Orthognathic Surgery: What is it?
Orthognathic surgery is corrective jaw surgery, which involves one or both jaws being surgically repositioned. It is a treatment suitable and recommended when there is a ‘bad bite’ (malocclusion), which shows as an imbalance between the size and growth of the jaws.
In some circumstances, the top jaw is bigger than the bottom, or it may go the opposite way with the bottom jaw being more prominent than the top. Orthodontic treatment improves the way the teeth are positioned, and in combination with orthognathic treatment, the way the top and bottom teeth fit together can enhance the functionality and aesthetics of your teeth.
Orthodontic treatment is often used in combination with orthognathic treatment. This is because Invisalign treatment or traditional braces only have minor effects on the way the jaws are positioned. Unbalanced jaw sizes have implications for the way jaws function, the appearance of the face, chewing and biting abilities, as well as speech. Therefore, it is crucial to correct this.
Performing Orthognathic Surgery
Orthognathic Surgery is a procedure completed by an Oral and Maxillofacial Surgeon (OMFS). An OMFS has further professional training in the specific areas of jaws, the mouth and facial bones.
Who is it for?
The craniofacial skeleton growth is not complete until adolescents and young adults, which is generally a requirement for Orthognathic Surgery to be performed.
What does the treatment process look like for Orthognathic Surgery?
The entire process has a duration ranges from 18 to 24 months. This factors in treatment planning, orthognathic surgery and orthodontic treatment.
Treatment Planning Phase
This aspect is crucial to understanding the patient’s needs, expected outcomes and associated fees. The first step is the consultation process with your dentist, where dental models, x-rays, photographs and other necessary treatments will be completed. These are diagnostic tools essential to create your written treatment plan. Along with your treatment plan, associated fees and item numbers for health insurance purposes will be provided.
Before Surgery: Orthodontics
For effective surgery, the teeth must be appropriately positioned before jaw surgery. For this to take place, the timeline for orthodontic treatment (braces), usually involves a treatment process of 8 – 16 months.
Once the teeth are adequately positioned, new records are taken to plan the surgical procedure carefully.
For the most ideal surgical outcome, as well as effective healing, there are specific recommendations to be followed and completed. These include:
Smoking is related to increased rates of infection postoperatively and slower wound healing. It is strongly recommended to stop smoking two weeks before your surgery.
Discussing current medications with your surgeon is very important. One month before surgery, no medications aspirin should be taken. For the months post-surgery, aspirin, Ponnstan and Naprogesic medications should be avoided.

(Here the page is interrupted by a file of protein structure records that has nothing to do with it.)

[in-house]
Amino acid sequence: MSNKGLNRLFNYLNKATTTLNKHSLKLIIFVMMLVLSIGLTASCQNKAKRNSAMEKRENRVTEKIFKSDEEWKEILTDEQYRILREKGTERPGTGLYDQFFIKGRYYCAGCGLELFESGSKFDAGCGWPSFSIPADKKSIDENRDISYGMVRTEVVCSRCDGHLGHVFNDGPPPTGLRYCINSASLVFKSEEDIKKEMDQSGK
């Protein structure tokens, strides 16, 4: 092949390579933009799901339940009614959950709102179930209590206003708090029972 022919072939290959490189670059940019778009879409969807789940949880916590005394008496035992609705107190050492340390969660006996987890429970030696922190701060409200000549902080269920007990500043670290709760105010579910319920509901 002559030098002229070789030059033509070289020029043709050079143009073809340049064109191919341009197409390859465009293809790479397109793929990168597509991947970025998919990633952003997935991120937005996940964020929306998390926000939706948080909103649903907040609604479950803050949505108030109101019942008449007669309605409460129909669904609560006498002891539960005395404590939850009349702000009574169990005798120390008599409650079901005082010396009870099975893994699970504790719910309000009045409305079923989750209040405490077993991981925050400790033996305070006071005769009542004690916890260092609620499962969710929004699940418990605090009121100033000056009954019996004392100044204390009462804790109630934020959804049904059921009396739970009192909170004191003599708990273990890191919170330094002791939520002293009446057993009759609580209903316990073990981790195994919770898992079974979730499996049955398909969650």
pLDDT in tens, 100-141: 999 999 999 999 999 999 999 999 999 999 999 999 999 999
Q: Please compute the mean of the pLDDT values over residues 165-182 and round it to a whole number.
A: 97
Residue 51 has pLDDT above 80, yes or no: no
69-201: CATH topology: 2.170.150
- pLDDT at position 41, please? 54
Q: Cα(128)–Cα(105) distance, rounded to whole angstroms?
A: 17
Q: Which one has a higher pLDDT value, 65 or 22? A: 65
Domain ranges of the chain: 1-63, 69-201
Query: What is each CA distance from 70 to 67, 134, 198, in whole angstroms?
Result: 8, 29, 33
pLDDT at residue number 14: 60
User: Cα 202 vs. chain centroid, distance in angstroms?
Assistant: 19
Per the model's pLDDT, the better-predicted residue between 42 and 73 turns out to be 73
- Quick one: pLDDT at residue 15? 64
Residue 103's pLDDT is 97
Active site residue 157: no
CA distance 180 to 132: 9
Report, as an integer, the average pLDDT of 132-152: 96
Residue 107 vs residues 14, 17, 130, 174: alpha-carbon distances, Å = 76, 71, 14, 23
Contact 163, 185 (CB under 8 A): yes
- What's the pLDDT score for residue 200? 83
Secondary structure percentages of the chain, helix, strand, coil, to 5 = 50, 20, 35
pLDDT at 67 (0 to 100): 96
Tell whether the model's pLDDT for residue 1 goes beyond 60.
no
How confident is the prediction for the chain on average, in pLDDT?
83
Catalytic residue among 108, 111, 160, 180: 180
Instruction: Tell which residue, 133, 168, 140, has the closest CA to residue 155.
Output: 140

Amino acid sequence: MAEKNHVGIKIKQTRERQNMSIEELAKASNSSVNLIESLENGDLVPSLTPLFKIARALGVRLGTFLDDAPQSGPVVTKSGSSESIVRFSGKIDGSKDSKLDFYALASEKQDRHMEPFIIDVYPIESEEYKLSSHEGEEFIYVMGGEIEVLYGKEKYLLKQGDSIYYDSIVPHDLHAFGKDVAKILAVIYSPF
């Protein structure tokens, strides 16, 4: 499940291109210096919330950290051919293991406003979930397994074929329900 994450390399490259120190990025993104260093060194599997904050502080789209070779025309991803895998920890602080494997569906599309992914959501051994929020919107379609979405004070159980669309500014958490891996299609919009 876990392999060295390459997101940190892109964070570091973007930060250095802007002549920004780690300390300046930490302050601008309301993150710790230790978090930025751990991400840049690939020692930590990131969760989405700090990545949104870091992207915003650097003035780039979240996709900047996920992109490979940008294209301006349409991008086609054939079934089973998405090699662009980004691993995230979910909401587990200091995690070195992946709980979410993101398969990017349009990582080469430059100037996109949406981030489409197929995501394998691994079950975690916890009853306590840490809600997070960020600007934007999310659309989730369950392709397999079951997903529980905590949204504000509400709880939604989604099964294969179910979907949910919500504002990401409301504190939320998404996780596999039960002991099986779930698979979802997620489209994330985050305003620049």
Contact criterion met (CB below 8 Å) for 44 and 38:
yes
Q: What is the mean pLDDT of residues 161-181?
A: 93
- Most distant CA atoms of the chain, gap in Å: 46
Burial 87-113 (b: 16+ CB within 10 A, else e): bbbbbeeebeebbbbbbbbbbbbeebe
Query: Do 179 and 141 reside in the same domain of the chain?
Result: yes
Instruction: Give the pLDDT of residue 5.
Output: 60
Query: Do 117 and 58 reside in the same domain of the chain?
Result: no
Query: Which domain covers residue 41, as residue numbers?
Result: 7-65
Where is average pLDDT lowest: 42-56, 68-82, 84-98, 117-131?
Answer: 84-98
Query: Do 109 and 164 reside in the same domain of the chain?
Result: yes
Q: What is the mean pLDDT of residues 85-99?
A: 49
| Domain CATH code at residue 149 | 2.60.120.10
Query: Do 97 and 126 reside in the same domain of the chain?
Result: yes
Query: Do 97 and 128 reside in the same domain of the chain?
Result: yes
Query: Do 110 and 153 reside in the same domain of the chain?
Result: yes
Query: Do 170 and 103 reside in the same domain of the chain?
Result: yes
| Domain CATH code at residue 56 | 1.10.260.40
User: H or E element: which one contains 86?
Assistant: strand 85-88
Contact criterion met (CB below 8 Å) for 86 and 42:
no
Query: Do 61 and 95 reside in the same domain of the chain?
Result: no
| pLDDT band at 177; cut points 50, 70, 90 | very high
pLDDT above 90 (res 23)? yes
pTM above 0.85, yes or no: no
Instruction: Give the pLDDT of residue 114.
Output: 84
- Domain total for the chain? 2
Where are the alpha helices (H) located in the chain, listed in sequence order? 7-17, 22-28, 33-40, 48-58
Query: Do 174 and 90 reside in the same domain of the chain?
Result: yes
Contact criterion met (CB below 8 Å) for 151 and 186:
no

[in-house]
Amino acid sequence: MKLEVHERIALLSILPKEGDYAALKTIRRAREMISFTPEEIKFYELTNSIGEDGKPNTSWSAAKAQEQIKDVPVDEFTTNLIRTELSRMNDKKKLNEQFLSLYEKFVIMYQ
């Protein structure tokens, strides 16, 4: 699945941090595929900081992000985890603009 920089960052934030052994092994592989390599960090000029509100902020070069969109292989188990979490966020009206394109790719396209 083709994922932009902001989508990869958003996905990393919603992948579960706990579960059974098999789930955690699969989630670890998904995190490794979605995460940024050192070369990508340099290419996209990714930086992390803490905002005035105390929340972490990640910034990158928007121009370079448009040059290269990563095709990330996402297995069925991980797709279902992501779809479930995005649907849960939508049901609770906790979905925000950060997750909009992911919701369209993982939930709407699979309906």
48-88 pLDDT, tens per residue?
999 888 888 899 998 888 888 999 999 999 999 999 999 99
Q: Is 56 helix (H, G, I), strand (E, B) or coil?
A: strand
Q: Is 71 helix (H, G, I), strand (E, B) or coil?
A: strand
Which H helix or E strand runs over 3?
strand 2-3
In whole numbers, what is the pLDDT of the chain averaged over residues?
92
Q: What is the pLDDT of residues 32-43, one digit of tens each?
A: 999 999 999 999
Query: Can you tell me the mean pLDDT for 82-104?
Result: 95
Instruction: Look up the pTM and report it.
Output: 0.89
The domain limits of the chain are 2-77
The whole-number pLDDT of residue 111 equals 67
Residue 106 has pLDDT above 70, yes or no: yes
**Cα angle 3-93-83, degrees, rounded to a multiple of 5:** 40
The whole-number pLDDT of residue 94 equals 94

A healthy surgical environment is ideal, it is recommended to follow an oral hygiene routine which involves brushing two times a day, as well as flossing.
Depending on the specifics of your surgery, your surgeon may recommend certain blood tests before your admission.
AM: It is required you do not eat or drink anything after 12:00AM (midnight)
PM: It is necessary you do not eat or drink anything after 7:00AM
- You will be cared for in the hospital and upon discharge will receive appropriate pain medication, a specific mouth rinse, dietary advice, care advice and a scheduled review appointment.
- Only softly blow your nose and avoid sniffling excessively
- Lifestyle wise, avoid alcohol, excessive physical activity for 2 weeks and smoking. Avoiding smoking is particularly important as it can impair healing and lead to a chest infection.
[thrive_toggles_group”][thrive_toggles title=”Where will I have my surgery?” no=”1/7″] Orthognathic surgery is a treatment completed at a private hospital. [/thrive_toggles][thrive_toggles title=”What type of anaesthetic is used?” no=”2/7″] Treatment is performed under general anaesthesia. You will be in the care of an anaesthetist, who you will meet at the hospital and inform you of the anaesthetic component of your treatment. [/thrive_toggles][thrive_toggles title=”How long can I expect to stay in hospital after treatment?” no=”3/7″] 1 – 3 days [/thrive_toggles][thrive_toggles title=”How long should I take off school/work to recover?” no=”4/7″] 1 – 2 weeks is the recommended time to arrange to have off work. [/thrive_toggles][thrive_toggles title=”Why do I need so much time to heal?” no=”5/7″] The healing process involves initial bruising and swelling, as well as limited jaw movements. During the surgery, the jaw has it’s repositioning fixed with titanium screws and plates. [/thrive_toggles][thrive_toggles title=”What can you do to help the healing process?” no=”6/7″] Follow the recommended dietary and exercise plan provided to you. Attend your review appointments to ensure proper healing is progressing. [/thrive_toggles][thrive_toggles title=”What is involved with my orthodontics after surgery?” no=”7/7″] The orthodontic treatment needs to be completed, which generally takes an additional 6 to 8 months of active treatment. [/thrive_toggles][/thrive_toggles_group]